They're live, but not exactly ready for prime time in the enterprise: Two new Web-based security services from Microsoft Live Labs are now available in beta for developers building Internet applications.
Microsoft Live Labs -- a partnership between MSN and Microsoft Research -- is offering Security Token Service (STS) and Relay Service, both part of what the company calls its "cloud services," or early test-phase technologies. STS is an authentication service and Relay Service provides secure, peer-to-peer Web applications like click-to-talk with voice-over-IP.
These services aren't for the faint of heart. Developers using them must use browsers with support for Microsoft's still-to-be-announced InfoCard, such as Internet Explorer 7 Beta 2 or later for each service, as well as WinFX Runtime Components Beta 2 in the authentication service. Microsoft's upcoming Vista desktop operating system will use these and other Live services.
A financial institution's online banking app would "call" STS to enroll and authenticate customers who want to bank online. Banking customers then register their personal data online using InfoCard, Microsoft's virtual information card technology (which hasn't yet been released). It saves the developer the work of writing her own authentication software, not to mention it helps Microsoft, too. "Life is much easier if all users have Vista and IE7 on their PC's," with STS, says John Pescatore, vice president of internet security for Gartner.
Microsoft Live Labs' Relay Service, meanwhile, gives apps like VOIP the ability to connect peer-to-peer between firewalls and network address translator (NAT) gateways that typically prevent inbound network connections. So a customer booking a reservation with an airline could hit a click-to-talk button that sets up a VOIP call to a customer service agent.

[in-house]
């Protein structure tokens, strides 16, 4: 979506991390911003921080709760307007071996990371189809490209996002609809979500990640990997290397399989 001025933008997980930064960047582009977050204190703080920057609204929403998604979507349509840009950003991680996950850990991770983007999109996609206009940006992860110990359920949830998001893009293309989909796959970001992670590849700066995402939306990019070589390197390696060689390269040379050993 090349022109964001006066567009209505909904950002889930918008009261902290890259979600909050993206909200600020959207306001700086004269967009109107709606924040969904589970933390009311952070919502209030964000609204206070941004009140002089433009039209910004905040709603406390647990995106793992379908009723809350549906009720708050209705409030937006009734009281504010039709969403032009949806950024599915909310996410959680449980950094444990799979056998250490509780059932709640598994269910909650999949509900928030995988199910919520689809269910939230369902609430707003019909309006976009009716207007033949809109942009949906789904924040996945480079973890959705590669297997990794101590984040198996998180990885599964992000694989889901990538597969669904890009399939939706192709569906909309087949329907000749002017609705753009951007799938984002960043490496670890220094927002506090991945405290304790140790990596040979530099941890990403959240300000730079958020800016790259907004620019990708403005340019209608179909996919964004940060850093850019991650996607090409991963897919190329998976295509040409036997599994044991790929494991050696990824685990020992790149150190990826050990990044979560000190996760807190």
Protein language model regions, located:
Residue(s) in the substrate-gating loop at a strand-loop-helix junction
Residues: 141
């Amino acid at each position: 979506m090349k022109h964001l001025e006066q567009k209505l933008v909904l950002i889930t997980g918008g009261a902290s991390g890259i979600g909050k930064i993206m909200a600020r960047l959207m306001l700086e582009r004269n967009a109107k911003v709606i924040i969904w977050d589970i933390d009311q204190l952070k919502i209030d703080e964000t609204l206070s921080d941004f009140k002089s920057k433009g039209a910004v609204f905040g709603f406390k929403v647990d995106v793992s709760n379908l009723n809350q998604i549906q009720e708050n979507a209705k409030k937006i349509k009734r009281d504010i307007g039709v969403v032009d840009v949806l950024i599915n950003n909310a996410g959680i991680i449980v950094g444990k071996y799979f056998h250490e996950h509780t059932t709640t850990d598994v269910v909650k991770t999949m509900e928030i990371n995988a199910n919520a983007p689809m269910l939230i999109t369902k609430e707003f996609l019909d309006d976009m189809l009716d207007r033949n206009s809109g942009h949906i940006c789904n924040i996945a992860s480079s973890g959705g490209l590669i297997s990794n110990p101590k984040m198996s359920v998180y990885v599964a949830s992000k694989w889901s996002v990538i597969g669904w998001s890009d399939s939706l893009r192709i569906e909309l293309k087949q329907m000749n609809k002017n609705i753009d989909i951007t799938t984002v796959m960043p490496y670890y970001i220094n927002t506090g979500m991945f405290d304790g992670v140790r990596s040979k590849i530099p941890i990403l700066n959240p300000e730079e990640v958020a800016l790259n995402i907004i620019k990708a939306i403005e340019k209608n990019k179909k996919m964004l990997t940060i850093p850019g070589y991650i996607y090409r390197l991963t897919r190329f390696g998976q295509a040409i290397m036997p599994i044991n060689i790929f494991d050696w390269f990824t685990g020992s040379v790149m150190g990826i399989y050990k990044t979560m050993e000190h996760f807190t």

Microsoft says both technologies are being previewed by Live Labs, an applied research organization within the Windows Live group, but Live Labs is not actually hosting the services.
Like any service-oriented architecture (SOA) service, these Web-based services can come with security risks of their own. It's not the same as getting the software on a disk or online with updates and patches, Gartner's Pescatore says. Token authentication carries with it sensitive data. "With a service, how do you know you can trust that code and that there aren't vulnerabilities built into it or that Microsoft hasn't changed it the next day?" says Pescatore. "This is an SOA issue, not just a Microsoft thing."
The only way app developers can be sure it's secure is for Microsoft or other vendors providing these services to show third-party test results. "They need to come up with ways to demonstrate these services are safe to use or no one will use them," Pescatore says.
Microsoft has been there before. Its Passport single sign-on authentication service had its vulnerability problems early on. But Pescatore says if Microsoft builds and tests the new security services properly and provides developers assurances that they are airtight, it will be a win-win for developers and users. "This could provide tremendous security advantages," he says. "Otherwise, you might end up with 10 different versions of banking authentication out there. Reusing this technology instead of reinventing the wheel can lead to increased [online] security."
Kelly Jackson Higgins, Senior Editor, Dark Reading
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